You know the phrase “calm before the storm”? That’s the proposal, and then there’s the planning.
I was only half done with my celebratory dessert when the questions began. Even questions from the most well-meaning friends and family made me feel overwhelmed. When? Where? What will you wear? Who will cater? How will you decorate? Colors? Themes? Open bar? Signature drink?
Of all the questions, one loomed largest for Seth and me as we began the planning process: how will we pay for it?
Financially, we were not a wreck. If there had not been a wedding on the horizon, our bank accounts would be in good shape. Part of the problem occurred because of our places in life. I work for a nonprofit; Seth was a college student, and will be again when he attends grad school this fall. Our parents aren’t wealthy, and they are generously giving what they can, but the majority of the bill falls on us.
Our commitment to budget goes beyond what we have in our bank account. I love my job in the Development department of a nonprofit. It’s a private high school for students from the urban core, students who would not receive a college prep education otherwise. Most will be the first in their families to go to college. Without education, their futures look bleak: the average family (about 4.5 people) brings in just over $25,000 per year.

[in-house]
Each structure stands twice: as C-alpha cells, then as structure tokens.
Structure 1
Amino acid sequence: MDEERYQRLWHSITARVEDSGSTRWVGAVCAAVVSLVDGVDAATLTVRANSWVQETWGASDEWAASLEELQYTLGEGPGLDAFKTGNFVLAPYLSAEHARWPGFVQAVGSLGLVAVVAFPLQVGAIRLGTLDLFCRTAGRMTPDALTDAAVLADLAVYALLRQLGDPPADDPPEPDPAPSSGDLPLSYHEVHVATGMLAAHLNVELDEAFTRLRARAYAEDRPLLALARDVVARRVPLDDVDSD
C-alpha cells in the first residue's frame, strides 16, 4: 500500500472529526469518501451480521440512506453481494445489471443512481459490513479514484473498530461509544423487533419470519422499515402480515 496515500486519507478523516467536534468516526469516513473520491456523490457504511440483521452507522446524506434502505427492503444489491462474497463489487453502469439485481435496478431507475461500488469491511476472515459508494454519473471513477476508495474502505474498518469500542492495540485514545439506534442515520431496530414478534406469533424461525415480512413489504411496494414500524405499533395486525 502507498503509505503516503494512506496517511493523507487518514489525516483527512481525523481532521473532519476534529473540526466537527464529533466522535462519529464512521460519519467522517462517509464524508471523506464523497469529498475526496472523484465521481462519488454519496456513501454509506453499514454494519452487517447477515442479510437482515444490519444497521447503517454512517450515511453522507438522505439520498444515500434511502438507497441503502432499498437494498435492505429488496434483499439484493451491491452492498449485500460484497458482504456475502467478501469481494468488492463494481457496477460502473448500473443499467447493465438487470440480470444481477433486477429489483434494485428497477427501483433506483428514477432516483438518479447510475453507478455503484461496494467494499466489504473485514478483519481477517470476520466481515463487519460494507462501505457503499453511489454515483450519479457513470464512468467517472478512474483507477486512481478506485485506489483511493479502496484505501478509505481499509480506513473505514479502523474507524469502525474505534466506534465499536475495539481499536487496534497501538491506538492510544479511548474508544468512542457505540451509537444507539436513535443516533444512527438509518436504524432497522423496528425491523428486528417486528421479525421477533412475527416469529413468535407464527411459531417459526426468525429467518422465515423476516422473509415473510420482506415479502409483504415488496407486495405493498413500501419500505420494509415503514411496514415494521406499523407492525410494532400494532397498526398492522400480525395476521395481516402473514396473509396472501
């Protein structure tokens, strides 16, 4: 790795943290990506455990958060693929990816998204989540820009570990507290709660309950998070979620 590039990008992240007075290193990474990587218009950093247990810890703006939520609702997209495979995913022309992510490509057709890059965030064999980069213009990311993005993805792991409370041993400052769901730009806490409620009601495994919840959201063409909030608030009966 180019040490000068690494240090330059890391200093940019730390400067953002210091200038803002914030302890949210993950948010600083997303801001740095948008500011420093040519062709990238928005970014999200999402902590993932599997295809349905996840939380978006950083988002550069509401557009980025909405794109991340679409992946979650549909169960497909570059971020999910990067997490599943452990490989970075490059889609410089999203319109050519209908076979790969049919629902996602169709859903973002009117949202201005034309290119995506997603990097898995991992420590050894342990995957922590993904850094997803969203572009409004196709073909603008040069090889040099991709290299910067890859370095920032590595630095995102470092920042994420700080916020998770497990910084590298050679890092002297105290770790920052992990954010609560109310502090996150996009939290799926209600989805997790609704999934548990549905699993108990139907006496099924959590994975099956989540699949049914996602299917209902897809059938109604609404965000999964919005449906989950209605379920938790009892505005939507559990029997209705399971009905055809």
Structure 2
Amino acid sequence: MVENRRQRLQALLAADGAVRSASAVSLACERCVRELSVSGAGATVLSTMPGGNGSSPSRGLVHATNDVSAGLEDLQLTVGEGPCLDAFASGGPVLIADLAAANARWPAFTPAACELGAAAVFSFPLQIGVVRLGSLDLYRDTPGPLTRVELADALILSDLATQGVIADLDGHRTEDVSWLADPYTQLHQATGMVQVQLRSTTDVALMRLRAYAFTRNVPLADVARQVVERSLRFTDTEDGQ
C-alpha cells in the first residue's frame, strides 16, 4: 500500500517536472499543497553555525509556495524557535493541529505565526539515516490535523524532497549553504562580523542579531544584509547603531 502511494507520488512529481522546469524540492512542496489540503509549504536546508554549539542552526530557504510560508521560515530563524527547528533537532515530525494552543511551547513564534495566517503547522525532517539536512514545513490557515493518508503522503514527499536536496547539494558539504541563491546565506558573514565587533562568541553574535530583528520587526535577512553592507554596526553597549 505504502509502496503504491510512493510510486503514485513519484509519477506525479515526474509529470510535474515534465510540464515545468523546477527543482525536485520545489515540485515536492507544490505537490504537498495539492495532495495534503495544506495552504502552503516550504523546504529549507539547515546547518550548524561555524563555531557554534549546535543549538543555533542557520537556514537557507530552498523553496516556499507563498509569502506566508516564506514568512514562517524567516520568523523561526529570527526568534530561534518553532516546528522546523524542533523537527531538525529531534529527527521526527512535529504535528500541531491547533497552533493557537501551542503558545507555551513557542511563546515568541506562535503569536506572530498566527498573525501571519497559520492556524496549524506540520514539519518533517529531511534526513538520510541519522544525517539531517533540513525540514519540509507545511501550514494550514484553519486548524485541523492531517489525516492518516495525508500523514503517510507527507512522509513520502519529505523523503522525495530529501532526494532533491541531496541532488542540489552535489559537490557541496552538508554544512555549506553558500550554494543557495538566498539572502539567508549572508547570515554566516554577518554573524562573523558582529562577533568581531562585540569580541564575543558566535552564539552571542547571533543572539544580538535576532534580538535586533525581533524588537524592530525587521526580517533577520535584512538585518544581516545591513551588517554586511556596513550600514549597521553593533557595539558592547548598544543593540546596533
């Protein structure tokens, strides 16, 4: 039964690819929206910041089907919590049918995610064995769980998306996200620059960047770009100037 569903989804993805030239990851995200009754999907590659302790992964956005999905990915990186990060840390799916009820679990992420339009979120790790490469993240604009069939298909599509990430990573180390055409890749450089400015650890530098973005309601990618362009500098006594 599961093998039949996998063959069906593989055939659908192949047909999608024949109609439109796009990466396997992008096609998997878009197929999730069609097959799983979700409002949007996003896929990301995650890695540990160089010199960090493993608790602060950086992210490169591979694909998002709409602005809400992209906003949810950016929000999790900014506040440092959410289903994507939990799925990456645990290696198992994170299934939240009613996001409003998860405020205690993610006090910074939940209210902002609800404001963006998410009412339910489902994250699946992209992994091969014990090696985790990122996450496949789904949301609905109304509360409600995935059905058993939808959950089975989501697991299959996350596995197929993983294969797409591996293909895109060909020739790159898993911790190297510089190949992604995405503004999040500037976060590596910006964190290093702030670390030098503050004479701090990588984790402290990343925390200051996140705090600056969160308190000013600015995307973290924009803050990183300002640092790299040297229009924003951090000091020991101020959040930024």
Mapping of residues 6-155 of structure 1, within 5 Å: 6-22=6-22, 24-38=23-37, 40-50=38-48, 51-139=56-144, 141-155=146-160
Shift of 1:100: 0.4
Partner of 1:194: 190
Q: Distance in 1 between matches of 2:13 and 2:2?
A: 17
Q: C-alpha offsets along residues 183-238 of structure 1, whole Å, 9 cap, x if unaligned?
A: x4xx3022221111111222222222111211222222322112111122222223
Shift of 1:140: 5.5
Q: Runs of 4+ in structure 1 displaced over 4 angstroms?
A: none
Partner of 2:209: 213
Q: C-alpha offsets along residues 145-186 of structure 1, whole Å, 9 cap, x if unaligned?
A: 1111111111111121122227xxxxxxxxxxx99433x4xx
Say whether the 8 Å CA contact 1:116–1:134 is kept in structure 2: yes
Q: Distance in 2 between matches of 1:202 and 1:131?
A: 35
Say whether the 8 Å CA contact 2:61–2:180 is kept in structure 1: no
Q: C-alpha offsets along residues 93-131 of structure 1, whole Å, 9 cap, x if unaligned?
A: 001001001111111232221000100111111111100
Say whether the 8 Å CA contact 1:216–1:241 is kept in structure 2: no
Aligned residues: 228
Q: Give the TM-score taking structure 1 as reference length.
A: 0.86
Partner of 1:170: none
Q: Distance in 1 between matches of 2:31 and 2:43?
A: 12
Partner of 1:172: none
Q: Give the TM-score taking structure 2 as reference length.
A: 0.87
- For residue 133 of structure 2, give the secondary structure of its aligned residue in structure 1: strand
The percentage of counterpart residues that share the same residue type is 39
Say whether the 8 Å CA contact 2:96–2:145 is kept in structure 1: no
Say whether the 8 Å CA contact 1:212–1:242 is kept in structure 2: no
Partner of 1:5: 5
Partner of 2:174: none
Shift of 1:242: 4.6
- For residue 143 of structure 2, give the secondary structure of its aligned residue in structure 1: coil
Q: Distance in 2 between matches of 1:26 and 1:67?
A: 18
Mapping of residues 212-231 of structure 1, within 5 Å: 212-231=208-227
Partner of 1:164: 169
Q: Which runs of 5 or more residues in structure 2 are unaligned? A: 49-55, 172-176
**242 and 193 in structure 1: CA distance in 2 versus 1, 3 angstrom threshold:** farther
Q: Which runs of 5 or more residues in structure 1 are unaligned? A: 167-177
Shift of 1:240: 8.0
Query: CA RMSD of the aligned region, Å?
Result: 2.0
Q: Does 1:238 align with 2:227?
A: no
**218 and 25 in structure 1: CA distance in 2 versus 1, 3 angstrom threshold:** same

And TheKnot.com reports that, on average, a wedding in America costs $27,800. Brides and grooms spend $2,200 more on one day than our students’ families earn in one year. That’s something to make you reconsider an ice sculpture, yes?
Between the two of us, Seth is the numbers guy. We knew we couldn’t afford much, but before planning could commence, we had to know what we could afford. With his mad Excel skills, Seth crafted an impressive spreadsheet with targeted values for each category.
As we began to put price tags on various aspects of our day, we quickly realized that we couldn’t have what the magazines and TV shows would call “the wedding of your dreams.” But that didn’t mean we could not have the wedding of OUR dreams. This paradigm shift has kept us focused as we navigate what can often be a dollar-sign-driven industry.
And a quick note to brides with a comfier budget: I don’t mean to rain on your wedding day. I only tell our story to offer context as to why we have chosen to stick to our budget. If you have the means to throw a big party, then enjoy every minute of it and feel no guilt. It’s your special day, after all!
In future posts, I’ll share Seth’s and my adventures as we plan a wedding on a tight budget, including venue, caterer, decor, save-the-dates/invites and much more. For those who are also on a budget, I hope that our trials, tribulations, stories and suggestions may help you plan one heck of a party without one heck of a price tag.